Bird Blind

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Wildlife Photos: Subject + Light + Background–Painted Bunting

_dsc3212When most people think of wildlife photos – whether of Mammals, Birds, or Reptiles – they think of the subject. But there is a lot more to making a compelling photograph of an animal in nature than the subject. Light plays an essential role, for starters. Dull, drab, images are seldom capable of commanding our attention. Backgrounds, while under-rated, are also key. All three came together in this image of a Painted Bunting from our Hill Country bird photo workshop this week. Each element plays a role… Read more »

Bird photo blinds: Studios or Habitats?

This Summer Tanager was photographed in a tree along the Guadalupe River, without using a blind or artificial perch of any type.Having just returned from two weeks of really fun and very productive photography on some of the best private ranches in south Texas, I’ve had a lot of time to think and rethink about the design of the bird blinds we used, and some of the others we saw in use. In this case I’m not talking about the physical blind structures where we, the photographers, sit. That part of the blinds has continued to evolve for the better over the six plus years I’ve been shooting there. They are more comfortable and better positioned than ever. No, in this case I’m talking about the part of the blind where the real action is, the “stage” where birds and mammals hopefully appear and are photographed… Read more »

Some raptors are friendlier than others–”rehab” Harris Hawk

_djc1228cWe took a break from songbird photography this morning during our workshop at BCNA for a great session with John Carter and some of the raptors he works with at Last Chance Forever. These are birds that are either imprinted on humans or for some other reason can never be released. He brings them to schools for educational programs – and out to let us photograph them from time to time. This Harris Hawk was getting some “flying time” while she was out, and decided that my camera made a great perch for her. Fortunately neither claws nor sharp beak took advantage of the camera, and the bird was polite enough not to soil it. It made for a fun moment, though!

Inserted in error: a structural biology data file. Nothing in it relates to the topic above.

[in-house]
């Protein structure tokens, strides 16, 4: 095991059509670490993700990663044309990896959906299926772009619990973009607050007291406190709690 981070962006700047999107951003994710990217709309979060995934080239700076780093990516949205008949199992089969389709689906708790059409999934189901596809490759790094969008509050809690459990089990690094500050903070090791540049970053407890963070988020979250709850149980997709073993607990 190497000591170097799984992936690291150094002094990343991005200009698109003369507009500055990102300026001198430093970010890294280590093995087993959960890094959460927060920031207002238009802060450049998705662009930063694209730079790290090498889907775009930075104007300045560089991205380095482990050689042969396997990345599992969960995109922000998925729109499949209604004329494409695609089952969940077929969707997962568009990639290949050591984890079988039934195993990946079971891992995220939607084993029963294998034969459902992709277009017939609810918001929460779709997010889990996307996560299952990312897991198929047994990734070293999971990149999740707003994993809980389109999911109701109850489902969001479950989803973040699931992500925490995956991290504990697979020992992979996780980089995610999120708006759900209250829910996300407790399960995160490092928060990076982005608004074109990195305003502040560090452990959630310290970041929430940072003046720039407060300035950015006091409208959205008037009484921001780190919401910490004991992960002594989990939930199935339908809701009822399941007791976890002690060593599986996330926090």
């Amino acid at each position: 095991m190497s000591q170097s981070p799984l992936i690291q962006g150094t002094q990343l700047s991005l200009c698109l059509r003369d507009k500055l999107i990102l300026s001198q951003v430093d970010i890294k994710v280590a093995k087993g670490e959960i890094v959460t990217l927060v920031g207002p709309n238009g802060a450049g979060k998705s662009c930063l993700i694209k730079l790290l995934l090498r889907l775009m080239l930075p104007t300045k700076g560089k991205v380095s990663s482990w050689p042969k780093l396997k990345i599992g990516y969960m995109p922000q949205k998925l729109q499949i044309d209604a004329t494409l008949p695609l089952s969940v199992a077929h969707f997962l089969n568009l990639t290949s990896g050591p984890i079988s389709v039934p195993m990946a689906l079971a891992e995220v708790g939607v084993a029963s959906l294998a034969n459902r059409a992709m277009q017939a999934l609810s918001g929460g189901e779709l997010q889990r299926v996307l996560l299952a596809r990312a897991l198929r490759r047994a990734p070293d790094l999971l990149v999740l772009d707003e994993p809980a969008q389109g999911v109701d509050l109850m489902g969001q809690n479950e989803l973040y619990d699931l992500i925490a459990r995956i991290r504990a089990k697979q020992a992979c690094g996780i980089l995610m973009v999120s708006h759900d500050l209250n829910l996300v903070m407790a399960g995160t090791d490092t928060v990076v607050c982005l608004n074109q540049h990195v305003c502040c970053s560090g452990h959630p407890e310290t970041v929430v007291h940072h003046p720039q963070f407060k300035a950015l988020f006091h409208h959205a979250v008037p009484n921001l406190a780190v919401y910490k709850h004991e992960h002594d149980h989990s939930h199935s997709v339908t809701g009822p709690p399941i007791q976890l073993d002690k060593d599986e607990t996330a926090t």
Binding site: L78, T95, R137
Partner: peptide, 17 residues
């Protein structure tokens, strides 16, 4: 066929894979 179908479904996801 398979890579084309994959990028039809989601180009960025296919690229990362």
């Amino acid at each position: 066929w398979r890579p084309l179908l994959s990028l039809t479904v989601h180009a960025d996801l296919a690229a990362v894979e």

A Gray Owl for A Gray Morning

_djc9014We had some early clouds on our South Texas Photo Safari this morning so I decided to take advantage of the very even light to see if I could get some good shots of an Eastern Screech Owl that nests near where we were shooting. Not only do owls seem to be more cooperative on gray days but the fact that the owl’s hole faced North wouldn’t matter so much since the clouds would scatter the light just about evenly all over.

Great Portable Blind for Photographers

I've owned several different portable blinds and they've all been a compromise. I just got a new one and have found it much better than previous ones I've owned so I wanted to pass the information along to you...